Wednesday
Feb062019

South Carolina Spent $9 Billion to Dig a Hole in the Ground and Then Fill it Back in

As reported by Akela Lacy in The Intercept.

How effective is nuclear power as a climate solution, if it costs too much, and takes to long?! (not to mention its own insurmountable risks)

Wednesday
Jan032018

Current risk of winter hurricane harkens back to White Hurricane of 1913, in vicinity of proposed DUD

In the Washington Post, meteorologist Jason Samenow has published an article entitled "East Coast prepares for most severe winter weather yet as monster storm takes shape," which reports:

The rapidly intensifying storm will hammer areas from north Florida to Maine with ice and snow and could resemble a winter hurricane in places by Thursday. Some blizzard warnings have already been issued and more could come. (emphasis added)

This harkens back to the White Hurricane of 1913, a most severe winter blizzard responsible for the largest loss of life on the Great Lakes in history. Some of the worst took place in Goderich, Ontario, Canada, on the shoreline of Lake Huron. Horrifically, a 40-foot tsunami like wave crashed into the port and town, drowning many. 

It just so happens that Goderich is not far down the road from Kincardine, "home" to the largest nuclear power plant in the world, Bruce Nuclear Generating Station, with a total of nine reactors (one permanently shutdown prototype, and eight still operable reactors) on the Lake Huron shore. 

Bruce is also targeted for the permanent burial dump for all of Ontario's "low" and "intermediate" level radioactive wastes, from a total of 20 reactors. The most reactors in any U.S. state, by comparison, was IL, with 14. Three of those have since permanently shut down, taking IL's current number of reactors down to 11 operating. The Ontario Power Generation DGR (short for Deep Geologic Repository) would be just over a half-mile from the water's edge. 

At 2013-2014 Joint Review Panel proceedings on the OPG DGR license application, Beyond Nuclear's Kevin Kamps orally testified that the DUD (short for Deep Underground Dump) would be at risk of such tsunami-like waves coming in off of Lake Huron, inundating the burial dump, leading to potentially catastrophic releases of hazardous radioactivity into the drinking water supply for tens of millions of people downstream.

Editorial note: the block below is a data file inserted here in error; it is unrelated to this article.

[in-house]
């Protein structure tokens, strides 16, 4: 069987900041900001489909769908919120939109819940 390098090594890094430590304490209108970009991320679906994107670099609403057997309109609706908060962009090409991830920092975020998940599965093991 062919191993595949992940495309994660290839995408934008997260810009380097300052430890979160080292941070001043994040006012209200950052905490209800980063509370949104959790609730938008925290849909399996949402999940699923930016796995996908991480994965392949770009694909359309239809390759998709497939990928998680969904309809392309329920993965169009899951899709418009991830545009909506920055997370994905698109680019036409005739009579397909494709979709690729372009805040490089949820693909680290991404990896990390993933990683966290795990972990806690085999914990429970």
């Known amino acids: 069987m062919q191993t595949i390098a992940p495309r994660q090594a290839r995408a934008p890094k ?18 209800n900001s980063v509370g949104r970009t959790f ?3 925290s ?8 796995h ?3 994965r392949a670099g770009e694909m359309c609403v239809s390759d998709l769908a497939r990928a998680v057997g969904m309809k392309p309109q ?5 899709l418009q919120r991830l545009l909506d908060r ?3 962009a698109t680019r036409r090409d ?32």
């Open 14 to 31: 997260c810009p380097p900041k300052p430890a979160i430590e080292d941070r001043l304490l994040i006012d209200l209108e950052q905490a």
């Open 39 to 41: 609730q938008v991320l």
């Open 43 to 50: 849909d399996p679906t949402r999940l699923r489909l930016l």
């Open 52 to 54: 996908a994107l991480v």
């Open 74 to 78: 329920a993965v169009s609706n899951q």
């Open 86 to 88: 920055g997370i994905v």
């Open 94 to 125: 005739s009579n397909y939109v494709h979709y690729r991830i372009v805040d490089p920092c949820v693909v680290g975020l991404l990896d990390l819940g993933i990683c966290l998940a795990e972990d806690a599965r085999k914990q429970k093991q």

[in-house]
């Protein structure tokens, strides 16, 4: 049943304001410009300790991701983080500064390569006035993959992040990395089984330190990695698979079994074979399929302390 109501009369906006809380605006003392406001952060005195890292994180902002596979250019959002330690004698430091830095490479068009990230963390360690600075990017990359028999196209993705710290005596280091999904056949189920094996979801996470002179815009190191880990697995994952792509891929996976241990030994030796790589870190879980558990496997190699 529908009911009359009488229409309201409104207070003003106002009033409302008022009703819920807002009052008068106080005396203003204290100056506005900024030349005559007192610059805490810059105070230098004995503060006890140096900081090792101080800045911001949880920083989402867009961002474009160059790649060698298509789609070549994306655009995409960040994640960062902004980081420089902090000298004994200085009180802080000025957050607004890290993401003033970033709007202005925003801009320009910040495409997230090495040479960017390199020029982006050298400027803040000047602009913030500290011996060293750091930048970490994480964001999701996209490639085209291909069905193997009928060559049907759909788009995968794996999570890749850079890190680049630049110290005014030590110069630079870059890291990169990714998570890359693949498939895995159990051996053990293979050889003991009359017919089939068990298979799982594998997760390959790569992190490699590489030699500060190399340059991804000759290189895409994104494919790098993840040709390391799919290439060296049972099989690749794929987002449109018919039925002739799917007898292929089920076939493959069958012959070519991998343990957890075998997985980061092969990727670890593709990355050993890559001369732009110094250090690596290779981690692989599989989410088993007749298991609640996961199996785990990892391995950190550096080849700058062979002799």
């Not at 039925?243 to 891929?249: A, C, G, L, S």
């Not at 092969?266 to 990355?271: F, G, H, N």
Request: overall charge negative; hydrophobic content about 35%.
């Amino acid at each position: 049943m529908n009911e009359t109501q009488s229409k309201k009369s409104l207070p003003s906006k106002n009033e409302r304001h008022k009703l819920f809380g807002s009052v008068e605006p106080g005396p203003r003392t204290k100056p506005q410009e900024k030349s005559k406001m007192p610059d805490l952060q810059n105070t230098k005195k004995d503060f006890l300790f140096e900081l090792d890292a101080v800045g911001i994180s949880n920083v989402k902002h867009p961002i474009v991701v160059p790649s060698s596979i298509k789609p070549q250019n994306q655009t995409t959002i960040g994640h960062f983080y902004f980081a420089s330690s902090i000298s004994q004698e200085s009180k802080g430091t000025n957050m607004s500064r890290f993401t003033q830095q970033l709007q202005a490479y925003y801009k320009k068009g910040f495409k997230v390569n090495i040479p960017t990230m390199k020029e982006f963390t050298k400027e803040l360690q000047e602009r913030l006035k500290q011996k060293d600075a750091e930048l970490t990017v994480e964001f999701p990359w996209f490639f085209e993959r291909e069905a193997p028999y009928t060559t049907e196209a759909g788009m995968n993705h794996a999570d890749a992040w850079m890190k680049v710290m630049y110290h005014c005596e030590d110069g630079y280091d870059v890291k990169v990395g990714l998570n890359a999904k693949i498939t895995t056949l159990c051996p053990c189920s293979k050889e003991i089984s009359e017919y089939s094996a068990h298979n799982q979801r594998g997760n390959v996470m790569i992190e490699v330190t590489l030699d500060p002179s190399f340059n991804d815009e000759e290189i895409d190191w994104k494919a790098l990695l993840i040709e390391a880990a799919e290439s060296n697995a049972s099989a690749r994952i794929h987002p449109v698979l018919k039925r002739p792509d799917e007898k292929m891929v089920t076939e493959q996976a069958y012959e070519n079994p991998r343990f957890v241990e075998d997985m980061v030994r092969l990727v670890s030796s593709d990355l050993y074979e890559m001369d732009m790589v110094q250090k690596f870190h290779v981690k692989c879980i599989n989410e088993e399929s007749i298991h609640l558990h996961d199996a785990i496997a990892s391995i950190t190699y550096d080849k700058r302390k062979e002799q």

But such blizzard ("hurricane")-generated waves are just one natural disaster scenario at the site.

There is also the risk of seiches, which are wind-blown flooding events along the Great Lakes shores.

 

But there are also Great Lakes/fresh water tsunamis on these inland seas.

 

See

 

http://michiganradio.org/post/ever-heard-great-lakes-tsunami-scientist-says-they-happen-about-100-times-year

 

and

 

http://michiganradio.org/post/scientists-want-create-warning-system-freshwater-tsunamis

 

which mention nuclear power plants, and the radioactive wastes stored there, as in dry casks, as of particular concern. Thus, it's not just OPG's DUD that would be at risk. So too are atomic reactors, and on-site radioactive waste storage.

 

There are dozens of atomic reactors with on-site radioactive waste storage ringing the shores of the Great Lakes in the U.S. and Canada. See a 2013 map by Anna Tilman of International Institute of Concern for Public Health and John Jackson of Great Lakes United, to see just how many nuclear facilities line the shorelines of the Great Lakes, at risk of natural disasters -- and worsening extreme weather events due to climate destabilization due to global warming.

 

By the way, as shown on the map (in the upper right hand corner), Goderich itself was under consideration for Canada's high-level nuclear waste (irradiated nuclear fuel) DGR/DUD, as well. Since 2013, however, it has been removed from the target list. However, two municipalities near Bruce in Kincardine are still under consideration. So are other sites within the Great Lakes basin, including on its shorelines. This DGR/DUD would be for high-level radioactive waste/irradiated nuclear fuel from all 22 atomic reactors across Canada, not only in Ontario, but also in Quebec and New Brunswick. Such a DGR/DUD would also be vulnerable to natural disasters and worsening extreme weather events, if located on the Great Lakes shores.